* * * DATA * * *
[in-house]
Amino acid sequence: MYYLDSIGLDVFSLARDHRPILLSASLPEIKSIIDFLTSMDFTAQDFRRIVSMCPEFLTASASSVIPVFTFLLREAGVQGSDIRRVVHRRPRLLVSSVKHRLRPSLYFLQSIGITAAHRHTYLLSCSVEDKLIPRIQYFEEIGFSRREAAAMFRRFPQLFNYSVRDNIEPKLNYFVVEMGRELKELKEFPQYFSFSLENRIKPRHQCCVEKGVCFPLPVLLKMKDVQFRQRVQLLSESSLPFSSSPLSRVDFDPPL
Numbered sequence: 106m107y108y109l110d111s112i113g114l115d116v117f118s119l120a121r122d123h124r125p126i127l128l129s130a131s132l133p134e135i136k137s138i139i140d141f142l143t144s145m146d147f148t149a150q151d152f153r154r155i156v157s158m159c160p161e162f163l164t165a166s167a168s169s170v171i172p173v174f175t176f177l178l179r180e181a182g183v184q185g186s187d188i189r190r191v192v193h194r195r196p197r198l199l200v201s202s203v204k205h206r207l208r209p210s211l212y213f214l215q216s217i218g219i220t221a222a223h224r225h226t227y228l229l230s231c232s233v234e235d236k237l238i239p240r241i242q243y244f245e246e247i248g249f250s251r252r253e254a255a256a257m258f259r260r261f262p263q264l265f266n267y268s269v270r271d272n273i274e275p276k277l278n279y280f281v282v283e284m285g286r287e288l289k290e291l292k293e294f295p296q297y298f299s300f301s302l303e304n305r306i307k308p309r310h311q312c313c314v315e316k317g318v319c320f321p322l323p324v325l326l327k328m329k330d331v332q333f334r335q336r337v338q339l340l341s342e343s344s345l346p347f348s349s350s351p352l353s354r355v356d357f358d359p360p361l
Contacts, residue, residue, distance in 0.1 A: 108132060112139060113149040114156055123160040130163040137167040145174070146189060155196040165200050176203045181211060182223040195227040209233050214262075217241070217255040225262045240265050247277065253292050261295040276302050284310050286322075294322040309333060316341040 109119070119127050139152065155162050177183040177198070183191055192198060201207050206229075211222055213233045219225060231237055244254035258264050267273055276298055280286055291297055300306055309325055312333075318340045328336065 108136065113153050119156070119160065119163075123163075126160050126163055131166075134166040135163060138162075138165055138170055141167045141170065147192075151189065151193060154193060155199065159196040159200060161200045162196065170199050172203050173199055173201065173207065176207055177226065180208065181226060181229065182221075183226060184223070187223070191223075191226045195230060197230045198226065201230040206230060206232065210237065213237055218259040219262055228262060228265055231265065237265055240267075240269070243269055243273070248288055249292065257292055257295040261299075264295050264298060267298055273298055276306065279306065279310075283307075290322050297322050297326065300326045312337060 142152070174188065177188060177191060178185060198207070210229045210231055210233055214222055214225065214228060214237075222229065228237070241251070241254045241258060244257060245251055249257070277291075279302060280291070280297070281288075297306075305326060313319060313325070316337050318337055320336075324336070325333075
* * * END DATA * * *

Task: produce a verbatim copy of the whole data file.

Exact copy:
[in-house]
Amino acid sequence: MYYLDSIGLDVFSLARDHRPILLSASLPEIKSIIDFLTSMDFTAQDFRRIVSMCPEFLTASASSVIPVFTFLLREAGVQGSDIRRVVHRRPRLLVSSVKHRLRPSLYFLQSIGITAAHRHTYLLSCSVEDKLIPRIQYFEEIGFSRREAAAMFRRFPQLFNYSVRDNIEPKLNYFVVEMGRELKELKEFPQYFSFSLENRIKPRHQCCVEKGVCFPLPVLLKMKDVQFRQRVQLLSESSLPFSSSPLSRVDFDPPL
Numbered sequence: 106m107y108y109l110d111s112i113g114l115d116v117f118s119l120a121r122d123h124r125p126i127l128l129s130a131s132l133p134e135i136k137s138i139i140d141f142l143t144s145m146d147f148t149a150q151d152f153r154r155i156v157s158m159c160p161e162f163l164t165a166s167a168s169s170v171i172p173v174f175t176f177l178l179r180e181a182g183v184q185g186s187d188i189r190r191v192v193h194r195r196p197r198l199l200v201s202s203v204k205h206r207l208r209p210s211l212y213f214l215q216s217i218g219i220t221a222a223h224r225h226t227y228l229l230s231c232s233v234e235d236k237l238i239p240r241i242q243y244f245e246e247i248g249f250s251r252r253e254a255a256a257m258f259r260r261f262p263q264l265f266n267y268s269v270r271d272n273i274e275p276k277l278n279y280f281v282v283e284m285g286r287e288l289k290e291l292k293e294f295p296q297y298f299s300f301s302l303e304n305r306i307k308p309r310h311q312c313c314v315e316k317g318v319c320f321p322l323p324v325l326l327k328m329k330d331v332q333f334r335q336r337v338q339l340l341s342e343s344s345l346p347f348s349s350s351p352l353s354r355v356d357f358d359p360p361l
Contacts, residue, residue, distance in 0.1 A: 108132060112139060113149040114156055123160040130163040137167040145174070146189060155196040165200050176203045181211060182223040195227040209233050214262075217241070217255040225262045240265050247277065253292050261295040276302050284310050286322075294322040309333060316341040 109119070119127050139152065155162050177183040177198070183191055192198060201207050206229075211222055213233045219225060231237055244254035258264050267273055276298055280286055291297055300306055309325055312333075318340045328336065 108136065113153050119156070119160065119163075123163075126160050126163055131166075134166040135163060138162075138165055138170055141167045141170065147192075151189065151193060154193060155199065159196040159200060161200045162196065170199050172203050173199055173201065173207065176207055177226065180208065181226060181229065182221075183226060184223070187223070191223075191226045195230060197230045198226065201230040206230060206232065210237065213237055218259040219262055228262060228265055231265065237265055240267075240269070243269055243273070248288055249292065257292055257295040261299075264295050264298060267298055273298055276306065279306065279310075283307075290322050297322050297326065300326045312337060 142152070174188065177188060177191060178185060198207070210229045210231055210233055214222055214225065214228060214237075222229065228237070241251070241254045241258060244257060245251055249257070277291075279302060280291070280297070281288075297306075305326060313319060313325070316337050318337055320336075324336070325333075